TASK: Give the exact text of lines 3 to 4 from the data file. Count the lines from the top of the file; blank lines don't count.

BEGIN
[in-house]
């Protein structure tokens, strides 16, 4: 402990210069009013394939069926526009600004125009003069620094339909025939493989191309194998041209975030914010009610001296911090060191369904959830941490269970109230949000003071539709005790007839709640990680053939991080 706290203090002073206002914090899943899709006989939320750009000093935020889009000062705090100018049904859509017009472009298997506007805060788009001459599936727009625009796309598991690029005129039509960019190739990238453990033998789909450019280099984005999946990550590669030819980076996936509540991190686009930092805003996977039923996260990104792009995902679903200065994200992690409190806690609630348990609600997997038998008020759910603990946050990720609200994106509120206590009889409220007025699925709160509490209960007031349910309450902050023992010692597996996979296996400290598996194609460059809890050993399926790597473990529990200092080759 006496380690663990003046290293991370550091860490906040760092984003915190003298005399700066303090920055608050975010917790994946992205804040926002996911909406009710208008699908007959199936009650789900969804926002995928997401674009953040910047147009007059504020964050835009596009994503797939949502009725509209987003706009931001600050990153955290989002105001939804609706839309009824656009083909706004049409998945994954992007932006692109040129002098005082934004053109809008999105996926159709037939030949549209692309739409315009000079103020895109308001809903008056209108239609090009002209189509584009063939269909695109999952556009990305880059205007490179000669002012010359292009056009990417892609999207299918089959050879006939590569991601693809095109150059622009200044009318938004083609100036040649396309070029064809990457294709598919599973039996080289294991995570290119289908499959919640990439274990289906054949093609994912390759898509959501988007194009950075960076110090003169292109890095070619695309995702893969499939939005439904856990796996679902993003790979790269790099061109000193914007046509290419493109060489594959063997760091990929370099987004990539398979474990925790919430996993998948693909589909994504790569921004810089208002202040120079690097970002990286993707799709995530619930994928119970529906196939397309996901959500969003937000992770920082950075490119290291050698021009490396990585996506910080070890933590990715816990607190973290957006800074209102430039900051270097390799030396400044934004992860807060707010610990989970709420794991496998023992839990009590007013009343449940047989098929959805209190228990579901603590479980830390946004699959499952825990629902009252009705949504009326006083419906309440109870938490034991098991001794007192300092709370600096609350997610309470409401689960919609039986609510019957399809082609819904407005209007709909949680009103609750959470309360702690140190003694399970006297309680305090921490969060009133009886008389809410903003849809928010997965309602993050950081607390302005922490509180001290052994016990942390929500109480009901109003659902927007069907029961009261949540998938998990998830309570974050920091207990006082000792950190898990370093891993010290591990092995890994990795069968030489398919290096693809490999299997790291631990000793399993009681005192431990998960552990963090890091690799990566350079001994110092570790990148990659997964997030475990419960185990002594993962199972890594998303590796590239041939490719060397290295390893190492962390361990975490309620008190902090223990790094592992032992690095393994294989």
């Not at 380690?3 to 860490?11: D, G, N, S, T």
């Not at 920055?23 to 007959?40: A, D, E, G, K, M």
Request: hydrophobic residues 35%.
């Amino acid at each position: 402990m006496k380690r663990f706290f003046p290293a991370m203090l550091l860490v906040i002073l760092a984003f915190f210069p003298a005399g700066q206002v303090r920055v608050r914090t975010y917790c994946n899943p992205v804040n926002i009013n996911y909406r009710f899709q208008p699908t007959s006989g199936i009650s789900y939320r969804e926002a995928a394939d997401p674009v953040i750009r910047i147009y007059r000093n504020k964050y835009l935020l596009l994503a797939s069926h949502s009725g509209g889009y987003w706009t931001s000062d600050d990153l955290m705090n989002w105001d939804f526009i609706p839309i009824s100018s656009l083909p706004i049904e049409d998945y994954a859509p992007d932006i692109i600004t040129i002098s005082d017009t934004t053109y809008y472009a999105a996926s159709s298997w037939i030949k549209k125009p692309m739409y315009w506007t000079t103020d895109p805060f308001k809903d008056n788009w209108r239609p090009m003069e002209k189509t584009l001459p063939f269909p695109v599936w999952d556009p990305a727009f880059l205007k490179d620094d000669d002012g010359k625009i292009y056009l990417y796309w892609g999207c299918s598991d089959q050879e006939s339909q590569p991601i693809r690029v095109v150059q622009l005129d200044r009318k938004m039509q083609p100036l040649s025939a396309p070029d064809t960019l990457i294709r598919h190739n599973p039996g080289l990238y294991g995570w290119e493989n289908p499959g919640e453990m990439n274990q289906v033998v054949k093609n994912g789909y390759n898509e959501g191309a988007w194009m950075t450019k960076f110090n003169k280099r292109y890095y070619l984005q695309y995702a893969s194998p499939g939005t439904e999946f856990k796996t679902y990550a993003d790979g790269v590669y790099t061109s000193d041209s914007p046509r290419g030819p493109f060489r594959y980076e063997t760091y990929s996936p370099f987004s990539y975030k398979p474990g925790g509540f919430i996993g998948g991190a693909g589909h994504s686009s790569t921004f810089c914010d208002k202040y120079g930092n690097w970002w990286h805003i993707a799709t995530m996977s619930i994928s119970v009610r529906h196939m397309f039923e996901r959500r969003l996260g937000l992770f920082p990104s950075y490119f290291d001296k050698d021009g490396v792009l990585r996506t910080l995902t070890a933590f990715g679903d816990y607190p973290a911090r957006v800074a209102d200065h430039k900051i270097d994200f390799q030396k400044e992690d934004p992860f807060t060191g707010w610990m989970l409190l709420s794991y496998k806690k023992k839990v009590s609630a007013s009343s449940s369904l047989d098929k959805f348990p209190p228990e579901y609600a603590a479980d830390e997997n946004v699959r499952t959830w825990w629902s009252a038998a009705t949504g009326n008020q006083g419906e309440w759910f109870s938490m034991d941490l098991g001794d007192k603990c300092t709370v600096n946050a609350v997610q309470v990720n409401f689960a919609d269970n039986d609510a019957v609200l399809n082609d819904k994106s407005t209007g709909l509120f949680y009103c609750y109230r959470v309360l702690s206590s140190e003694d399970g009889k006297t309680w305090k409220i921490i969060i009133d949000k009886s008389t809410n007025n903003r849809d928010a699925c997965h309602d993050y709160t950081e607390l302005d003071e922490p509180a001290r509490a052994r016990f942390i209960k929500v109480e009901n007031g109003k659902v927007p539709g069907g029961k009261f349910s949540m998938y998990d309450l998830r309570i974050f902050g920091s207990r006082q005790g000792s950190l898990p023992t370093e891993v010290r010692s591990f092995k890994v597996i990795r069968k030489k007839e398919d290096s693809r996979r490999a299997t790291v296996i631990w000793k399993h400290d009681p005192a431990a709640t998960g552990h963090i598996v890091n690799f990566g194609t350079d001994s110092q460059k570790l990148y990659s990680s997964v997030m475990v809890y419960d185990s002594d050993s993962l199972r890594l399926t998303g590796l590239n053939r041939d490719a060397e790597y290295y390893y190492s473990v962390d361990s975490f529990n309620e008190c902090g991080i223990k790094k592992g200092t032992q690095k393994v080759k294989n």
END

């Not at 380690?3 to 860490?11: D, G, N, S, T």
């Not at 920055?23 to 007959?40: A, D, E, G, K, M």